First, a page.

Rich Products Corporation, Plaintiff-appellant, v. Zurich American Insurance Company, Defendant-appellee, 293 F.3d 981 (7th Cir. 2002)

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US Court of Appeals for the Seventh Circuit - 293 F.3d 981 (7th Cir. 2002) Argued March 1, 2002Decided June 12, 2002

Michael B. Powers, Preston L. Zarlock (argued), Phillips, Lytle, Hitchcock, Blaine & Huber, Buffalo, NY, for Plaintiff-Appellant.

Molly J. Zillig, Thomas K. Mullins (argued), Kravit, Gass, Hovel & Leitner, Milwaukee, WI, for Defendant-Appellee.

BEFORE: FLAUM, Chief Judge, BAUER, and WOOD, Jr., Circuit Judges.

HARLINGTON WOOD, Jr., Circuit Judge.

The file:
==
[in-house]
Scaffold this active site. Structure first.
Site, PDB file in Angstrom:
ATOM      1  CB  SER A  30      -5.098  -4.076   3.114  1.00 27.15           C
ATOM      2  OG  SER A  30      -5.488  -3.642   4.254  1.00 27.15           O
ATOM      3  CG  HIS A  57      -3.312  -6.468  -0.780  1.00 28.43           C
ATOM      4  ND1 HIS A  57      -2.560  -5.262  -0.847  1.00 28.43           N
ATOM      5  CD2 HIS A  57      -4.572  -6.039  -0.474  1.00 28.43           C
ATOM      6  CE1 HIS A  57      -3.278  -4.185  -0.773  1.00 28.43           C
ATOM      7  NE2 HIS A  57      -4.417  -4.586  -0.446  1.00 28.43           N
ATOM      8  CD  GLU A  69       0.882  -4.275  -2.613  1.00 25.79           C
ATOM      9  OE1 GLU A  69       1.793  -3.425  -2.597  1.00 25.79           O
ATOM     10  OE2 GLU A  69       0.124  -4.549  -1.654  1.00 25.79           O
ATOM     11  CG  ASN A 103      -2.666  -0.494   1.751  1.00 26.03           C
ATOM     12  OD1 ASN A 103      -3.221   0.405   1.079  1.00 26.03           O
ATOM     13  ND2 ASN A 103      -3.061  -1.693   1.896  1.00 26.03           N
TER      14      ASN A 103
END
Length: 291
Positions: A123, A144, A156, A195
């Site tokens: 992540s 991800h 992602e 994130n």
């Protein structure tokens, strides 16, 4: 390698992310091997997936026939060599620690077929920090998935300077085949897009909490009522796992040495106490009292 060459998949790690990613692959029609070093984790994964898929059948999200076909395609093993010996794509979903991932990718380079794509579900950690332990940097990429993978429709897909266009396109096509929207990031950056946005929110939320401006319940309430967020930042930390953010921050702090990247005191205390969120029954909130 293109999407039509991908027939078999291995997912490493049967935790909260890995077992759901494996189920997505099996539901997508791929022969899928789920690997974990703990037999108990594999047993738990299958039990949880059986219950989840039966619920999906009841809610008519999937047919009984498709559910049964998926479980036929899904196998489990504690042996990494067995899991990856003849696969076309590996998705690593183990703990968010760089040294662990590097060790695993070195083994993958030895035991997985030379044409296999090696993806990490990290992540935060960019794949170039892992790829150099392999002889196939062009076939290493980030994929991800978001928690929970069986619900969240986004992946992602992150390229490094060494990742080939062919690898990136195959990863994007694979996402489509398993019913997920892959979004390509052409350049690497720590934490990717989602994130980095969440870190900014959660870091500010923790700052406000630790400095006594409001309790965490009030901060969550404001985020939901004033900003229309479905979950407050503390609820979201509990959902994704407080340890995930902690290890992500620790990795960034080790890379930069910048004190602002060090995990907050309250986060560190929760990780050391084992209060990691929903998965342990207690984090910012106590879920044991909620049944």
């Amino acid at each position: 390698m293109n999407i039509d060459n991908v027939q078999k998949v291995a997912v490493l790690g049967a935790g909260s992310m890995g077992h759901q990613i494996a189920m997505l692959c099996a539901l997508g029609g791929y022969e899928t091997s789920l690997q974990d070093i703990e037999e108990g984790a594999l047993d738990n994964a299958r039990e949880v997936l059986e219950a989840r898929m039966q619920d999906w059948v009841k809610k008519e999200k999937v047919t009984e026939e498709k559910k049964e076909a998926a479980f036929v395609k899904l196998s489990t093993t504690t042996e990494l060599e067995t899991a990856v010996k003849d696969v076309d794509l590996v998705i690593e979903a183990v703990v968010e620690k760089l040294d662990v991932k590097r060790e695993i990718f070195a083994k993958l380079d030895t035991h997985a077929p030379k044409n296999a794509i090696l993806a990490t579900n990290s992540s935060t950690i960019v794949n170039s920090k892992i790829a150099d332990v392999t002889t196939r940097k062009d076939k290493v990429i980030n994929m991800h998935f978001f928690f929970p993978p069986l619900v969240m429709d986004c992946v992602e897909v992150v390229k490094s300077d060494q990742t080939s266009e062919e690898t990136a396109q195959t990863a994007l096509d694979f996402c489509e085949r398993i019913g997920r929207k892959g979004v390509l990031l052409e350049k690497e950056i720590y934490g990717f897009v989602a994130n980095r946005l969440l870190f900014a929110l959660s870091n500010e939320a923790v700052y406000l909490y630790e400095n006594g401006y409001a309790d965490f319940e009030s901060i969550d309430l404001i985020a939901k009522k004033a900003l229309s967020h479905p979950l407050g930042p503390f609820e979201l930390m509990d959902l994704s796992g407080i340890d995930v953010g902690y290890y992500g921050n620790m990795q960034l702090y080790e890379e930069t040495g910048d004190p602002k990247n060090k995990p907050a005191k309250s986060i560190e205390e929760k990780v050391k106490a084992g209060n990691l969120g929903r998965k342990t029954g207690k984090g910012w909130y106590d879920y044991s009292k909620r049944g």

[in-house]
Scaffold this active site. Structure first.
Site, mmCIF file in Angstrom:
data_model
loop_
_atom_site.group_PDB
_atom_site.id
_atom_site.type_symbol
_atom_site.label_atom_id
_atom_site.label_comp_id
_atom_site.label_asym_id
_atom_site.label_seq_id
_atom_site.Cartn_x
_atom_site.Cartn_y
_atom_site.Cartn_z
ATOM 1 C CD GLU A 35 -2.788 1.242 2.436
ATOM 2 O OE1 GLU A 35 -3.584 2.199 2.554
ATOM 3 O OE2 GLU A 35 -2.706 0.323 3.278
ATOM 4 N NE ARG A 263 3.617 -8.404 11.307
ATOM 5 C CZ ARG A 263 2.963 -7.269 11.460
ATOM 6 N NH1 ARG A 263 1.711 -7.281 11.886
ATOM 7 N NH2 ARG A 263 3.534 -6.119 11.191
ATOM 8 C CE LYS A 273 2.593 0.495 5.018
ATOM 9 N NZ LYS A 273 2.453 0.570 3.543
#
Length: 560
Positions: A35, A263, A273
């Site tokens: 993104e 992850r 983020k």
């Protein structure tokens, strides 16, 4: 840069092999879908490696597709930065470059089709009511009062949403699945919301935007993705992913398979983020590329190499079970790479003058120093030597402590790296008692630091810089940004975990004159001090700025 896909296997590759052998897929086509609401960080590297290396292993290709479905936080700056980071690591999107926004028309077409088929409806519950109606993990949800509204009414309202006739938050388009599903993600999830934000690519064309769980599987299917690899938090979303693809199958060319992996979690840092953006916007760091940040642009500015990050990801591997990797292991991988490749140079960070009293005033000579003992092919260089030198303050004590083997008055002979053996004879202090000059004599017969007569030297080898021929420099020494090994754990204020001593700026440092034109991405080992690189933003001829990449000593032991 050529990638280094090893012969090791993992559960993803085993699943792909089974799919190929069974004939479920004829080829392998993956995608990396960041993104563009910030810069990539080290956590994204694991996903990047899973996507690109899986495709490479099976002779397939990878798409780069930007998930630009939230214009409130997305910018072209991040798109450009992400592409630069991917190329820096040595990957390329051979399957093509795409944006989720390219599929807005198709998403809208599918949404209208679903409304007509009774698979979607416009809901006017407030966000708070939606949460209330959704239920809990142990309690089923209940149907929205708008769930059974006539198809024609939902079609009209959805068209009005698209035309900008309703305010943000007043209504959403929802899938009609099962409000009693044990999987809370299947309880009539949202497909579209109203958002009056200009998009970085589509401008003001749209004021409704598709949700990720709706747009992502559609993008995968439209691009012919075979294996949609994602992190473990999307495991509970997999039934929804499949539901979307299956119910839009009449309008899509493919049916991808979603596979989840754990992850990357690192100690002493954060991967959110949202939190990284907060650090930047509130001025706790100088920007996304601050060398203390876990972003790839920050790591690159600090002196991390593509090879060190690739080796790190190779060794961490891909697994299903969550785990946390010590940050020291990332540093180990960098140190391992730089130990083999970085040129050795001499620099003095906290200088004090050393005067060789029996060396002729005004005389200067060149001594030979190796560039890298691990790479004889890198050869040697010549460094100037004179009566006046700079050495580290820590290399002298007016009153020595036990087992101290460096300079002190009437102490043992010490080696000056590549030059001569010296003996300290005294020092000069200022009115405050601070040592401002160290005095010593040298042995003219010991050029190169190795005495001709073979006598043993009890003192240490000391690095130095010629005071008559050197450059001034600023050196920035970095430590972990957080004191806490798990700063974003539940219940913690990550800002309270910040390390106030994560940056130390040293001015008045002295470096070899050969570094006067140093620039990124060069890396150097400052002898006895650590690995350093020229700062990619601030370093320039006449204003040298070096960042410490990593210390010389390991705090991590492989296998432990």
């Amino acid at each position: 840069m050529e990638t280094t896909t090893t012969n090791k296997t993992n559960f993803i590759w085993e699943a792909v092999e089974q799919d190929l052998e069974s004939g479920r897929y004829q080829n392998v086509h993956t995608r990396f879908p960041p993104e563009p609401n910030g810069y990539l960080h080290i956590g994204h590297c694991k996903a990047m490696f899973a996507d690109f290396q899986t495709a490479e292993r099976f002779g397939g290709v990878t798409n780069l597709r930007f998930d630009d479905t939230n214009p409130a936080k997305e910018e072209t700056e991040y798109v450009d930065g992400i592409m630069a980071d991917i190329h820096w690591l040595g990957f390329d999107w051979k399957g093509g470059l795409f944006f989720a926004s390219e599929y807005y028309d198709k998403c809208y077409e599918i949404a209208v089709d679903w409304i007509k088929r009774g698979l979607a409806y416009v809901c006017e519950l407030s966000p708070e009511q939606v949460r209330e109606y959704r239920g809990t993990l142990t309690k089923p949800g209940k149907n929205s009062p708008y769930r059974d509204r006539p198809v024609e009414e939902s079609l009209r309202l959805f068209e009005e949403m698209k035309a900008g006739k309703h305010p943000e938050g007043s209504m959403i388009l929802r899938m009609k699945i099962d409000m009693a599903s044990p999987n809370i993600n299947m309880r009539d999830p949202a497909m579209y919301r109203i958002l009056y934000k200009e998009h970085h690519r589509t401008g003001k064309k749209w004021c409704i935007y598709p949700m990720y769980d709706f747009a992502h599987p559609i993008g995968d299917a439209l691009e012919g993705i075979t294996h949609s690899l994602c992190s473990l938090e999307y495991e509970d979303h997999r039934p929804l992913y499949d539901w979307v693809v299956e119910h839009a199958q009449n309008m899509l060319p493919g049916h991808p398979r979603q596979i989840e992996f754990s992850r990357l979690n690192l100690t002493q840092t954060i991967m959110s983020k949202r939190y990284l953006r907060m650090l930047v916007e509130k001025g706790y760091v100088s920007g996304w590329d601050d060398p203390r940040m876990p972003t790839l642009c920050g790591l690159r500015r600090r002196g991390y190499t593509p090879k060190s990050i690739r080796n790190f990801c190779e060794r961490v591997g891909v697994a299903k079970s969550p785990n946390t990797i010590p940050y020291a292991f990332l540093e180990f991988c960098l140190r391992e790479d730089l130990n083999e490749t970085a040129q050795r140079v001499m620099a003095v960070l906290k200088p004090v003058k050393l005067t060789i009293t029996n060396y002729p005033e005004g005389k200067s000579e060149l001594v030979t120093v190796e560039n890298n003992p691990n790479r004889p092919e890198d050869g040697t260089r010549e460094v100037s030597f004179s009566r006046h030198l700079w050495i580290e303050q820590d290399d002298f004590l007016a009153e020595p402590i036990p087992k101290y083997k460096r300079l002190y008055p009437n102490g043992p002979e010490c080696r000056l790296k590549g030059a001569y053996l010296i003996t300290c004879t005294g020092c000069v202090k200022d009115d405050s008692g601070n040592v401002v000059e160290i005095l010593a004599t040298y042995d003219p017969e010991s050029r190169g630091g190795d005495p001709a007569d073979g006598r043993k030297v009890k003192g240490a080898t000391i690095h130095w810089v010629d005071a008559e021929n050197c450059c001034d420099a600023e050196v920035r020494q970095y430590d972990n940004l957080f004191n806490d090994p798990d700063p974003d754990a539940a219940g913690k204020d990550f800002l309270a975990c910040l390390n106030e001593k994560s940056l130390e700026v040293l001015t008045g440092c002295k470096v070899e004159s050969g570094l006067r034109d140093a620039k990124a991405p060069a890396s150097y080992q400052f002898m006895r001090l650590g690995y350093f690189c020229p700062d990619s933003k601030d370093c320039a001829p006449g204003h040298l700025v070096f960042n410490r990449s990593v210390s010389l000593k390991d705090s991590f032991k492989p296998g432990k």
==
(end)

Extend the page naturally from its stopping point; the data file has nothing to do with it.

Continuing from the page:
This case has been here before. See Rich Products Corp. v. Kemutec, Inc., 241 F.3d 915 (7th Cir. 2001). The first time the district court on cross motions for summary judgment had partially decided the case by granting in part and denying in part some of each motion. The district court also granted Rich Products Corporation's ("RPC") motion for leave to assert claims against Zurich American Insurance Company ("Zurich"), as the insurer of Kemutec, Inc., the distributor who sold RPC the defective machinery, pursuant to WIS.STAT. §§ 632.24 and 803.04(2) (a), which allow a direct action against insurers for damages caused by negligence. The case was certified to us under Fed. R. Civ. P. 54(b). The district court then dismissed RPC's tort claims leaving only RPC's breach of express and implied warranties claims in the district court. As Wisconsin law must be applied, we relied on the Wisconsin Economic Loss Doctrine explained by the Wisconsin Supreme Court in Daanen & Janssen, Inc. v. Cedarapids, Inc., 216 Wis.2d 395, 573 N.W.2d 842 (1998), and affirmed, leaving only RPC's warranty claims to be resolved in the district court.